Softwood lumber is pictured at Tolko Industries in Heffley Creek, B.C., on April, 1, 2018. THE CANADIAN PRESS/Jonathan Hayward

Lumber company shares rise on news U.S. intends to cut softwood duties

CIBC analyst suggests average U.S. duties to drop from US$67 per thousand board feet to US$30

Shares in Canadian lumber companies rose Tuesday on news that the U.S. government could reduce duties on softwood lumber imports in August.

In early trading in Toronto on Tuesday, Canfor Corp. stock rose as much as 7.5 per cent, West Fraser Timber Co. Ltd. jumped by 6.2 per cent and Resolute Forest Products Inc. was up three per cent.

The shares closed at lower levels, with Canfor up 4.3 per cent, West Fraser up 2.1 per cent and Resolute down 5.2 per cent.

In a report on Monday, CIBC analyst Hamir Patel suggested average U.S. duties would drop from about US$67 per thousand board feet to about US$30 based on current pricing levels of about US$400.

“According to trade contacts, preliminary revised duty determinations from the U.S. government have been communicated to the Canadian industry,” Patel said.

“We expect Canadian lumber equities to respond positively to this news as these rate revisions were better than most Canadian industry participants were expecting.”

West Fraser’s rate may fall from 23.6 to 9.1 per cent, Canfor’s from 20.5 to 4.6 per cent and Resolute’s from 17.9 to 15.8 per cent, he said.

The report says the “all others” duty rate could fall to eight per cent from 20.2 per cent, but added it’s not expected that Canadian companies will receive any refund or credit for overpayment until the trade dispute is resolved, something not expected for two to three years.

A U.S. Commerce department spokesman confirmed on Tuesday that preliminary results of an administration review were issued on Monday but said the impact on softwood lumber deposit rates are not yet determined.

READ MORE: Canfor shareholders reject Pattison’s takeover offer

The U.S. imposed duties on most Canadian softwood exports in April 2017, alleging that Canada was unfairly subsidizing its industry and dumping wood into the U.S. at unfair prices.

This is the fifth time Canada and the U.S. have fought over the same issues.

In September, a joint Canada-U.S. trade panel gave the United States 90 days to rethink its tariffs, finding there was no evidence Canadian imports were causing injury to the U.S. industry.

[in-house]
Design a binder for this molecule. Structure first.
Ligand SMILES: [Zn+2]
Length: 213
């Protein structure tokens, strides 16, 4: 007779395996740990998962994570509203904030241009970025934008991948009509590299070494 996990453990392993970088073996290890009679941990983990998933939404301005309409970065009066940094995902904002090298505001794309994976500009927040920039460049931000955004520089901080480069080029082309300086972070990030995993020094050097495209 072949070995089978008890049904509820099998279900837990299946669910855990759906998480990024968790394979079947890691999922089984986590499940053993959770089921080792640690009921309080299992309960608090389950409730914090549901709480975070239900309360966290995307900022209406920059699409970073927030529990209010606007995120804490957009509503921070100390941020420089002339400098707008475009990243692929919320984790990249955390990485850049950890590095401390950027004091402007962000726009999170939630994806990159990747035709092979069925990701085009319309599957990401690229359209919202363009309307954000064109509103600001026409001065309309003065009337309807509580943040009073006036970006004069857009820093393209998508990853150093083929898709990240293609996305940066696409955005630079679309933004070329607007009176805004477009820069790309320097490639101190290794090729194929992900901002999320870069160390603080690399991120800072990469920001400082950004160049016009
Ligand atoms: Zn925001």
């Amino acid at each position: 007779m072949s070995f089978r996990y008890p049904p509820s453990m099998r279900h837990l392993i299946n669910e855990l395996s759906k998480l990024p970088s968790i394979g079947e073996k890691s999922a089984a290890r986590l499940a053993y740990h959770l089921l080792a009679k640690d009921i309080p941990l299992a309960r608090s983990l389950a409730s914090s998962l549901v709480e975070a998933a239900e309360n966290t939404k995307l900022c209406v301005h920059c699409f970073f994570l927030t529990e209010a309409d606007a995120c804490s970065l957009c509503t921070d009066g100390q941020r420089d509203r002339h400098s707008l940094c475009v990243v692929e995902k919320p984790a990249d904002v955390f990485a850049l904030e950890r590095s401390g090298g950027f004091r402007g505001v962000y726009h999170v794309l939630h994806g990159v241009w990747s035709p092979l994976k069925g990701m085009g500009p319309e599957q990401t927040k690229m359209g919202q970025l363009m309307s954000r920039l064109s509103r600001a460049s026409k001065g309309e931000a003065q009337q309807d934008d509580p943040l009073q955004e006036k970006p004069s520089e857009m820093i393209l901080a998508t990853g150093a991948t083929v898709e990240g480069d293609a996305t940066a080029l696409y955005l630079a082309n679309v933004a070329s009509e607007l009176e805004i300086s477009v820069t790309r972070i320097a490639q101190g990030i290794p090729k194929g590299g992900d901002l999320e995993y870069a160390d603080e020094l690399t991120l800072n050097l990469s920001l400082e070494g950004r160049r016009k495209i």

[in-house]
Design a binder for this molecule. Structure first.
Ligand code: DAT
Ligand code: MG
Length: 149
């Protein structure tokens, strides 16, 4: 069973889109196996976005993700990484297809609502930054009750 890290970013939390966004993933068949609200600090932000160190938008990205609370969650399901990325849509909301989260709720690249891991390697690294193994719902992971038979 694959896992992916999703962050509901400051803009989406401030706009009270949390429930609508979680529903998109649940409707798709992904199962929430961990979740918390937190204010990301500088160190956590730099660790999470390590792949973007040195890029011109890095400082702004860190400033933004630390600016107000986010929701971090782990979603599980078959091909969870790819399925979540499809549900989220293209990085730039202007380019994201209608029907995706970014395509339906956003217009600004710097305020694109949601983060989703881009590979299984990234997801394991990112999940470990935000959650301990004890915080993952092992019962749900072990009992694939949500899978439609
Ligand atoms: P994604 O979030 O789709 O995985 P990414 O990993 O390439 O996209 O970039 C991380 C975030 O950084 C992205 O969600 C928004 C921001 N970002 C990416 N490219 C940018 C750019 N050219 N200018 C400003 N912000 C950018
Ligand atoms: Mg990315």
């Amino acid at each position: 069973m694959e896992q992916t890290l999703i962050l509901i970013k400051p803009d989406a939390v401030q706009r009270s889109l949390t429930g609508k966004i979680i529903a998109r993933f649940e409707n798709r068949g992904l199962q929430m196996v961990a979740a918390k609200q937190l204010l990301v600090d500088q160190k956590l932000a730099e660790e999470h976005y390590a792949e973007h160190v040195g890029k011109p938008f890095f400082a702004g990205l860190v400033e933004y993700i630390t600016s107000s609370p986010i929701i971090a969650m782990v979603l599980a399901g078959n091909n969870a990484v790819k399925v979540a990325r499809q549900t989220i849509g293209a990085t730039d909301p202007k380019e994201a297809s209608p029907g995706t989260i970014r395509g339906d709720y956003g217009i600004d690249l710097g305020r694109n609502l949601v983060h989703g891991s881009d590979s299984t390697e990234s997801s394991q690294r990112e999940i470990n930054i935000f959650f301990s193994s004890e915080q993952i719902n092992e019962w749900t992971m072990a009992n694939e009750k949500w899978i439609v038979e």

The Canadian Press

Like us on Facebook and follow us on Twitter

softwood lumber

Get local stories you won't find anywhere else right to your inbox.
Sign up here

Just Posted

Burglar swims across Columbia River to evade Trail police

RCMP Cpl. Devon Reid says the incident began the evening of Thursday, Feb. 20

Supreme Court of Canada will hear Sinixt appeal May 12

B.C. has appealed aboriginal hunting case through several levels of court starting in Nelson in 2016

Fire destroys Fauquier restaurant

Early-morning blaze destroys Mushroom Addition

Salmo RCMP report drug bust

Fentanyl, methamphetamine and cocaine were seized along with Canadian cash

Update: B.V. Nitehawks beat Leafs, seize Murdoch Division title

Beaver Valley Nitehawks knock off the Nelson Leafs 4-2 in final division-deciding game on Saturday

VIDEO: Illicit drug overdoses killed 981 in B.C. in 2019, down 38%

Chief coroner says figures were down about a third in the province’s fourth year of the opioid crisis

VIDEO: B.C.’s seventh coronavirus patient at home in Fraser Health region

Canada in ‘containment’ as COVID-19 spreads in other countries

B.C. takes over another Retirement Concepts senior care home

Summerland facility latest to have administrator appointed

RCMP pull office from Wet’suwet’en territory, but hereditary chiefs still want patrols to end

Chief says temporary closure of field office not enough as Coastal GasLink pipeline dispute drags on

Prescription opioids getting B.C. addicts off ‘poisoned’ street drugs

Minister Judy Darcy says Abbotsford pilot project working

Royals, Elvis, Captain Cook: Hundreds of wax figures find new life in B.C. man’s home

Former director of Victoria’s Royal London Wax Museum still hopes to revive wax figure tourism

Teck CEO says Frontier withdrawal a result of tensions over climate, reconciliation

Don Lindsay speaks at mining conference, a day after announcing suspension of oilsands project

‘Hilariously bad’: RCMP looking for couple with forged, paper Alberta licence plate

Mounties said the car crashed when it lost a wheel but the duo ran away as police arrived

UPDATE: Two missing scout leaders found near Sooke after swollen creek traps troop

Third leader and scouts located, prior to search for two leaders who’d gone for help

Most Read